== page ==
Two Far North couples are breathing new life into the Awanui Hotel.
The hotel poured its first pint in 1894 and in its heyday in the 1950s and 60s had near legendary status.
In more recent decades, however, like many rural pubs, it has slipped into decline.
The sprawling property was bought by Awanui couple Brad and Tanja Jackson, of Northland Auctions, and Abe and Sharlene Wells of Laser Electrical Kaitaia.
Together they are working on an ambitious plan to revitalise the property and turn it into a hub for locals and visitors alike.
They plan to open the revamped hotel on Awanui Day, the township's biggest day of the year, on November 7.
Brad Jackson conceded that the middle of a worldwide pandemic probably wasn't the best time to invest in a pub.
However, he was upbeat about Awanui's prospects, thanks to its location at the junction of two major highways at the gateway to Cape Reinga and the Aupōuri Peninsula.
They were keen to make Awanui a destination in itself, not just a place to pass through.
As well as revamping the pub they wanted to offer retail, food and accommodation, showcasing Awanui and the Far North.
''We want to give it a wow factor, and make it a place you have to visit before you hit the wide world up to Cape Reinga,'' Jackson said.
''This place [Awanui] has so much potential. It's a Kerikeri just waiting to happen.''
The original settlement date was April 2 but Covid pushed that back to May 1. The previous owner, Betty Guillard, ran the hotel for 27 years.
The property will be renovated in stages with the highway frontage the first in line for some TLC.
The newly created AB Bar — short for 'Abe Brad', not the famous sports team — has been decorated with automotive memorabilia, a vintage petrol bowser and colourful bar stool seats as a quirky wall display. Jackson describes it as ''a men's workshop for drinking''.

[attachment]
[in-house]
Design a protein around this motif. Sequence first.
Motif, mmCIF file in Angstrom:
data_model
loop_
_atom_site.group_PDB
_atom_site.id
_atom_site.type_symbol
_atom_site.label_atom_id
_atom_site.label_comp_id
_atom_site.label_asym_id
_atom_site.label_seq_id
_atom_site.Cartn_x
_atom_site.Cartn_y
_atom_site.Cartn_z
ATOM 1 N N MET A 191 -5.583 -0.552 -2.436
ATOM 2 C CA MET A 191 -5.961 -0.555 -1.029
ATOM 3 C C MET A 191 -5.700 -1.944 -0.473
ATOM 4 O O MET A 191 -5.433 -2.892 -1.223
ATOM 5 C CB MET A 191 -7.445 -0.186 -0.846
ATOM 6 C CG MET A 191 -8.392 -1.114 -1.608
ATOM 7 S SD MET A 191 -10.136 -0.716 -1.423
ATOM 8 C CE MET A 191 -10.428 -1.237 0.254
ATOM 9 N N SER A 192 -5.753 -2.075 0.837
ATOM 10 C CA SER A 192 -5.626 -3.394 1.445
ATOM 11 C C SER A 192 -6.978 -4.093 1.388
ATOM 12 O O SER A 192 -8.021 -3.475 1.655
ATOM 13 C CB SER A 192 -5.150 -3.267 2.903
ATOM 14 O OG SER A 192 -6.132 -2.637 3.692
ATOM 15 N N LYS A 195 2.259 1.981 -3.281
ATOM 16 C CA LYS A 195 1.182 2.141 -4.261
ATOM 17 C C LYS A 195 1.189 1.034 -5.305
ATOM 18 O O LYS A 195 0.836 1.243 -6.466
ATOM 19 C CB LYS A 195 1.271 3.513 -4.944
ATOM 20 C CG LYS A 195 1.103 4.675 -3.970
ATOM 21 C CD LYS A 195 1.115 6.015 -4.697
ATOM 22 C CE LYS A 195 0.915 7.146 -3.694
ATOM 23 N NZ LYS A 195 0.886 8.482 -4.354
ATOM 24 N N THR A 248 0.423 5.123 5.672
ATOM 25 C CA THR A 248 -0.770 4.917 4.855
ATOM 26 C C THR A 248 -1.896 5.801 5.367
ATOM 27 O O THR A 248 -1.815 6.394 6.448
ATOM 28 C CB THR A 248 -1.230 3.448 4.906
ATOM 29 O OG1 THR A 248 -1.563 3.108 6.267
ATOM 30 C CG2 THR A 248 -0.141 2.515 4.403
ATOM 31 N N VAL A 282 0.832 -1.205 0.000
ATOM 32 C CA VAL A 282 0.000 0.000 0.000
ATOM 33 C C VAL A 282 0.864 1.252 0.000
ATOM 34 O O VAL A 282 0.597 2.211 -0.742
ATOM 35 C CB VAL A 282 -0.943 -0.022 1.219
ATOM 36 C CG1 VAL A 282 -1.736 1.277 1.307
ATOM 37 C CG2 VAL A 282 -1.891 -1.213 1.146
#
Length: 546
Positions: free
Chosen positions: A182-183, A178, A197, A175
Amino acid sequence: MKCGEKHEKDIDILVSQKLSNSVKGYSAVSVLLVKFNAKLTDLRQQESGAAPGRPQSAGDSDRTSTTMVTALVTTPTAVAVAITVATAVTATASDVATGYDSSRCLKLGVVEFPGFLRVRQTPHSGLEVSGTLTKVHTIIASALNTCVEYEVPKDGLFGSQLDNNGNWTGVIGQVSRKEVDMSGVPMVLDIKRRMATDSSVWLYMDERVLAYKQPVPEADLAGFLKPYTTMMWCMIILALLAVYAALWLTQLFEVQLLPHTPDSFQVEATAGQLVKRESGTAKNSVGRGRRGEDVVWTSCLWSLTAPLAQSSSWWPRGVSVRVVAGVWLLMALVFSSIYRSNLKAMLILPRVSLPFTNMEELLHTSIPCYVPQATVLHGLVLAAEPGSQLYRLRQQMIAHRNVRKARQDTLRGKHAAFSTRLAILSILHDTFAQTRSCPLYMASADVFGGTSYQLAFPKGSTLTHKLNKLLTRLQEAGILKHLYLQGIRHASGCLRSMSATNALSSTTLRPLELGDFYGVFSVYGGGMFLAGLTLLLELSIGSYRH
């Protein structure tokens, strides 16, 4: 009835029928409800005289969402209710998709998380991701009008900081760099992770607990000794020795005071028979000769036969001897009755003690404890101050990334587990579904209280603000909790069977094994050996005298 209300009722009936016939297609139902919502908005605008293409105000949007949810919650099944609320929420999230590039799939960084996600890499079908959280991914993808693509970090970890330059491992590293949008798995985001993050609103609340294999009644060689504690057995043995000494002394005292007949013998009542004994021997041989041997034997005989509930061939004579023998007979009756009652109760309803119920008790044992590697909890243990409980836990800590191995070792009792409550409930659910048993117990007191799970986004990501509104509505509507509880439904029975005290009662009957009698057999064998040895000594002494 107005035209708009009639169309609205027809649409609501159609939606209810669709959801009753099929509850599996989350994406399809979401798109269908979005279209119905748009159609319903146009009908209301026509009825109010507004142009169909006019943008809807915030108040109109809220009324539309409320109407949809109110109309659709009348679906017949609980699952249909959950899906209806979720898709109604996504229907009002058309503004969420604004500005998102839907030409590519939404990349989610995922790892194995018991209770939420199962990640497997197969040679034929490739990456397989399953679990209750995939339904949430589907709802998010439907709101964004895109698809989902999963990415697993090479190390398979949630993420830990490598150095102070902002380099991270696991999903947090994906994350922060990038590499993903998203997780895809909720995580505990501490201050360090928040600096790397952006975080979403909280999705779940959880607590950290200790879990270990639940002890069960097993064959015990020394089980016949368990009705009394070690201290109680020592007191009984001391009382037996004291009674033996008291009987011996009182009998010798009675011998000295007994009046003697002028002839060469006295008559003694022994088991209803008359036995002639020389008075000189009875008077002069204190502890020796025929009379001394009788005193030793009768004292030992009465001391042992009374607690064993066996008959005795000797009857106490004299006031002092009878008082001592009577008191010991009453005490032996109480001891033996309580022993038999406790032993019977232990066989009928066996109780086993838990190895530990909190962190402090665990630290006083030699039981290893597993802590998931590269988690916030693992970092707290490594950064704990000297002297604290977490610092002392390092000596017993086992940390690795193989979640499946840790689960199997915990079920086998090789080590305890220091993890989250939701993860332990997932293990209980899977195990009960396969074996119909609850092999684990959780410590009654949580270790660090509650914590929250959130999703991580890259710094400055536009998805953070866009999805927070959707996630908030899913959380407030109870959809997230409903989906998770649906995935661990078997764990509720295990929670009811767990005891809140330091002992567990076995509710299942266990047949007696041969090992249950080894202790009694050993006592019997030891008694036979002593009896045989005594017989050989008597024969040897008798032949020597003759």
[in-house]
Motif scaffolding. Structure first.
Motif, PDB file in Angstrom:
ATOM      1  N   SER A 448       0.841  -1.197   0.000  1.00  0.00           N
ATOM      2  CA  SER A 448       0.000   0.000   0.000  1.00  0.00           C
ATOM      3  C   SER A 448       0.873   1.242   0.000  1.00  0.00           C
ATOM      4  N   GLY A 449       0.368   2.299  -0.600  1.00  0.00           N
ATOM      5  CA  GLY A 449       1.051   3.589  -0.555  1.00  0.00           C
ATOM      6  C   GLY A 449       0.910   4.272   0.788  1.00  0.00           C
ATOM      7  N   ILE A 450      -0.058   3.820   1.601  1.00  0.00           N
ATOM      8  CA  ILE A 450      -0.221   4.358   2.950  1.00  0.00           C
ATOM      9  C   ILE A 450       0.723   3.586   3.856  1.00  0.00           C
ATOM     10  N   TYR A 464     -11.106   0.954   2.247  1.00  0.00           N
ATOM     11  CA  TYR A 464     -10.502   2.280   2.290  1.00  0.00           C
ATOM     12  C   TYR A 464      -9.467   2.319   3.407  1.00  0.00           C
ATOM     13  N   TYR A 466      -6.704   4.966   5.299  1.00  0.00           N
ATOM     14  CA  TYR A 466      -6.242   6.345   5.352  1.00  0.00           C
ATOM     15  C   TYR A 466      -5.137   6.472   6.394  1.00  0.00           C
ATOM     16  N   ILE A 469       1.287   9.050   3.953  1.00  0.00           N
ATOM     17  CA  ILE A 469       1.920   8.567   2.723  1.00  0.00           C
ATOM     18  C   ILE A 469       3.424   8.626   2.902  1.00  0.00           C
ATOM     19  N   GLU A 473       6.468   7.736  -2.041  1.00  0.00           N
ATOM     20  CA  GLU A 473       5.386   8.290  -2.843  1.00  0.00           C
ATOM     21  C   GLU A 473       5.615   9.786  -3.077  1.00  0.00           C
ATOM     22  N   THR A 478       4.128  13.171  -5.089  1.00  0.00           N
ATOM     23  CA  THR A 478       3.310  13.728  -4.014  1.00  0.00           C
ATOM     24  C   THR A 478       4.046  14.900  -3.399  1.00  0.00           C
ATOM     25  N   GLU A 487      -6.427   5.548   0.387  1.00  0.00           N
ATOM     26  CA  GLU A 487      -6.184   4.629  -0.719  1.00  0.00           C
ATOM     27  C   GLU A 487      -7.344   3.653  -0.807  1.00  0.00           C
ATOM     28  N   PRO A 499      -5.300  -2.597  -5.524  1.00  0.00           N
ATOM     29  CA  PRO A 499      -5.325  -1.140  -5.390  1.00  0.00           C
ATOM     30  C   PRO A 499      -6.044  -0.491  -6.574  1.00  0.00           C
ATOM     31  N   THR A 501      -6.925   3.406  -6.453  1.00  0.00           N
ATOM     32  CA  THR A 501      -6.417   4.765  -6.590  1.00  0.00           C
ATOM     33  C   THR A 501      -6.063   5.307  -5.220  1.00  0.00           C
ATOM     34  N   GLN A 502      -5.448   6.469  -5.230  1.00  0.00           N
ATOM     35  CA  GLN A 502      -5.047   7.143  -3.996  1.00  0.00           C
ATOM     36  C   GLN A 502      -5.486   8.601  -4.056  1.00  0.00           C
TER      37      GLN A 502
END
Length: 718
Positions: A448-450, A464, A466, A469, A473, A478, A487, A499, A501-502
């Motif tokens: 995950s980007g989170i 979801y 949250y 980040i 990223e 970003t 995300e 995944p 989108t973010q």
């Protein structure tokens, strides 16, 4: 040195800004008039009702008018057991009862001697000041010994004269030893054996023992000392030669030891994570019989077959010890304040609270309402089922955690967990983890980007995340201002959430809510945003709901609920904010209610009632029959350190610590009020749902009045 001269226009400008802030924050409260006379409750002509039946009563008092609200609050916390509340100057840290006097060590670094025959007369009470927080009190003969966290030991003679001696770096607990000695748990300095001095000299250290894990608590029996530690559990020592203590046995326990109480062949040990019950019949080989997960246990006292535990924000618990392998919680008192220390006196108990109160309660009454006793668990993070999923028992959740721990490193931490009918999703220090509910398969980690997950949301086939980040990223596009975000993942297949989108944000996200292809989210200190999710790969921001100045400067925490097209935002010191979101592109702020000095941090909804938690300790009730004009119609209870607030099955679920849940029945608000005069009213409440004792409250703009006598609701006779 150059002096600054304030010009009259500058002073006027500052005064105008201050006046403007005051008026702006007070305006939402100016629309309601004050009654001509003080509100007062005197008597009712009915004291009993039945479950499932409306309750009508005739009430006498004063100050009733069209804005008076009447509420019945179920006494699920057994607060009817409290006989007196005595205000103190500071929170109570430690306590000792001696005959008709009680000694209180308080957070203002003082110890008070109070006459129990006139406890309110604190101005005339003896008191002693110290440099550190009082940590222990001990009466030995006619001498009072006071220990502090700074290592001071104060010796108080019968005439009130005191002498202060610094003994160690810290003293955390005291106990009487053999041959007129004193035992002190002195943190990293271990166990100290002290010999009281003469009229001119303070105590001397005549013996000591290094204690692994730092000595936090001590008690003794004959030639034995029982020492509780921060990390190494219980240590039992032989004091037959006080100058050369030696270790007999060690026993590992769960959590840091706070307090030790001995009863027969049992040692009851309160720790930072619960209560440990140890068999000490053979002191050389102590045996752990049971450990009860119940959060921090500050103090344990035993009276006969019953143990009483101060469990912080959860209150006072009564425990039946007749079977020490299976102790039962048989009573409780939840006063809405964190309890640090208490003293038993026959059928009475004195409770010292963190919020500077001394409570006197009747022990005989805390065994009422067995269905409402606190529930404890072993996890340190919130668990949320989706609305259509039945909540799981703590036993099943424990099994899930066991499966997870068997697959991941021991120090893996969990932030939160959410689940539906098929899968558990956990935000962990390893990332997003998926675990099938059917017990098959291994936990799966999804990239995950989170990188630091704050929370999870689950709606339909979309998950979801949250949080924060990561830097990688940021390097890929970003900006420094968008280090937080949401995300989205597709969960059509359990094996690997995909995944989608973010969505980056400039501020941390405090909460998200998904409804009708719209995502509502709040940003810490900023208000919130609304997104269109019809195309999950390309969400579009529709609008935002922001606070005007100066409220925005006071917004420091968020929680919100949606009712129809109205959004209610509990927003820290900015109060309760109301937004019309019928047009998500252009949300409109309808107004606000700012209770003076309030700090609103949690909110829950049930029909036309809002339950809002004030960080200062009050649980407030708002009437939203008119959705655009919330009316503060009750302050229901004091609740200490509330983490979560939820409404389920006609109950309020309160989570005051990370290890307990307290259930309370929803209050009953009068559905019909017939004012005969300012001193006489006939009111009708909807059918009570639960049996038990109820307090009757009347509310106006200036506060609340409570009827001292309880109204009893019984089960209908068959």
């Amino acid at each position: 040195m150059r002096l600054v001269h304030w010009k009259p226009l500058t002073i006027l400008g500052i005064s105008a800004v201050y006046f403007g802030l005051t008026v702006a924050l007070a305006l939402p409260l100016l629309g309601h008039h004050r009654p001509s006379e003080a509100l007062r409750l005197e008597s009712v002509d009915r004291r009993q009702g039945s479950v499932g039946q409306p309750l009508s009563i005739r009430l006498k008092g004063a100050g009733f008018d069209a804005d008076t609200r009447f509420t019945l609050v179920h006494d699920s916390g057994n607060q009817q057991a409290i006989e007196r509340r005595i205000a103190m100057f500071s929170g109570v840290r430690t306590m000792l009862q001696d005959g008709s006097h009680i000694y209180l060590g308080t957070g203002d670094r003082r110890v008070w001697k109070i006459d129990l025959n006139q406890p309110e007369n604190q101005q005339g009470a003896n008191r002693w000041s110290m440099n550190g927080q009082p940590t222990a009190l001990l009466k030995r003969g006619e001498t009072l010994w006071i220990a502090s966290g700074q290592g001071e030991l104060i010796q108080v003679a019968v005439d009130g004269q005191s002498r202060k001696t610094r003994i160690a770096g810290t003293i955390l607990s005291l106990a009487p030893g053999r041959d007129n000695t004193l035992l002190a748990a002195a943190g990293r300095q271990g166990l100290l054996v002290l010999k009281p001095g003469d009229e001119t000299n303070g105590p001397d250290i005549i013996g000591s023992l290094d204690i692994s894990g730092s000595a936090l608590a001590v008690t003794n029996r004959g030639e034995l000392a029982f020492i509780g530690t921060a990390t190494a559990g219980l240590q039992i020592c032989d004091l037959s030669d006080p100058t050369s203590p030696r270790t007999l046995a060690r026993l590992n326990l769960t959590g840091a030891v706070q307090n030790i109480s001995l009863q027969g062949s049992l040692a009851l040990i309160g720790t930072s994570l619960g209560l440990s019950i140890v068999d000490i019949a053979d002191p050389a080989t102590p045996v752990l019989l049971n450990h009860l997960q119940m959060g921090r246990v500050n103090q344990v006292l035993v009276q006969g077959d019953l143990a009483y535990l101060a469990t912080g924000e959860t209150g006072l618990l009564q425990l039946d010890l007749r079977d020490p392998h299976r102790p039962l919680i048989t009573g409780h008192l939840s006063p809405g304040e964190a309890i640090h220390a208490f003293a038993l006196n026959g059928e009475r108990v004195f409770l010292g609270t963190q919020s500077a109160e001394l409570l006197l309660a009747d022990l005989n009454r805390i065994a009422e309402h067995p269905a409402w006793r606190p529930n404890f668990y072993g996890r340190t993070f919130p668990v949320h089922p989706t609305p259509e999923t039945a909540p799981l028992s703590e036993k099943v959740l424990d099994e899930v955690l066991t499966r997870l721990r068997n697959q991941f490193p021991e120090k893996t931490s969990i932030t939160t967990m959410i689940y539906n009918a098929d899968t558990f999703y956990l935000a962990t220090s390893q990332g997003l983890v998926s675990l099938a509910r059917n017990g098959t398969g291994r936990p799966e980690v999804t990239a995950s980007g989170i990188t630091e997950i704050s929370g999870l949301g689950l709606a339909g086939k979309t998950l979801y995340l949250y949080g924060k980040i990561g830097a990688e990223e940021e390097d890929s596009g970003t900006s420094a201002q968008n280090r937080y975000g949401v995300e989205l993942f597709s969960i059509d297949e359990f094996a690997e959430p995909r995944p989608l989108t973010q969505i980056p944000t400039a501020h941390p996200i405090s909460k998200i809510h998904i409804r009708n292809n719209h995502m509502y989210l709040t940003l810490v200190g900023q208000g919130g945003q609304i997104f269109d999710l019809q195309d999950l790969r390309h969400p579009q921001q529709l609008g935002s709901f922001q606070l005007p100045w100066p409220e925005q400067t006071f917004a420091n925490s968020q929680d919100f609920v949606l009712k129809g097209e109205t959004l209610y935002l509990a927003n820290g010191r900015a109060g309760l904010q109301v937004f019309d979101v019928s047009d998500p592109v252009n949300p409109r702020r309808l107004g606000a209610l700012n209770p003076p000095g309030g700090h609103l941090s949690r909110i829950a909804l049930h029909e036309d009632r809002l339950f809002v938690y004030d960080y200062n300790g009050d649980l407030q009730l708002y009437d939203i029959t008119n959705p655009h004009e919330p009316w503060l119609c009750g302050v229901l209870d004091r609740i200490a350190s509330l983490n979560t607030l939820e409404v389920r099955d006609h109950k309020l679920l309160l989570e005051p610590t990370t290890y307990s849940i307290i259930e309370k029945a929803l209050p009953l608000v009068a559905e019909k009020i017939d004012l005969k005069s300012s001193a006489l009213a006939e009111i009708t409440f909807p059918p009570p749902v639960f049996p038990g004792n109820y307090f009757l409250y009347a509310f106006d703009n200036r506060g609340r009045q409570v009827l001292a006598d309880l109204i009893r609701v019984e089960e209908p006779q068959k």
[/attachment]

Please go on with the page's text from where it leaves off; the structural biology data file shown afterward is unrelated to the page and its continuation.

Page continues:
The former public bar will be christened the Jug Bar, bringing back its 1950s name, and decorated with large canvas prints of historic Awanui scenes.
Since word got out about their plans long-time locals had been contacting them to offer old photos and stories of the area, Jackson said.
Areas at either end of the building had been split off and would be leased out for retail.
A shop at northern end of the complex is already up and running with Ngāti Kuri operating it as a café and swamp kauri souvenir shop while the tribe's Kā Uri store is being renovated.
Negotiations are underway with two potential tenants for a much larger retail space at the Kaitaia end of the complex.
Tired awnings along SH1 have been removed and the front of the building will be painted as soon as weather allows.
Work started last week on replacing the roof, starting with a building behind the hotel that used to be a wholesale outlet. That would be converted into offices and retail premises, Jackson said.
Further down the track the couples also planned to reopen the backpackers hostel and upgrade a 22-unit motel at the rear of the complex. The motel has been used as temporary housing in recent years though only two units are currently occupied.
''We'll be doing a major revamp to bring it up to standard, but we're going to do it properly. We're not going to rush it.''
Jackson was also looking forward to restoring the garden bar, an ideal venue for outdoor concerts.
''It'll be our summer playground, where you can relax with your kids and soak up the sun with friends. It probably hasn't been used in 30 years.''
The property also includes a pool, likewise in need of repair, and a block of pasture.
While it was a big project, each of the partners brought their own strengths and complemented the others.
With his day job as an auctioneer Jackson had ready access to materials and retro decor items, as well as contacts and labour; his wife, Tanja Jackson, a history buff, was focusing on the Jug Bar and its historical displays. Sharlene Wells had worked in HR in a large company while Abe Wells had the electrical and building skills.
All had worked overseas or in Auckland before coming back to the Far North to raise their families.
''We're locals and we're using locals in everything we do. We're pumping money into it and we're optimistic about the future of Awanui. It's a little forgotten place but it has so much history.''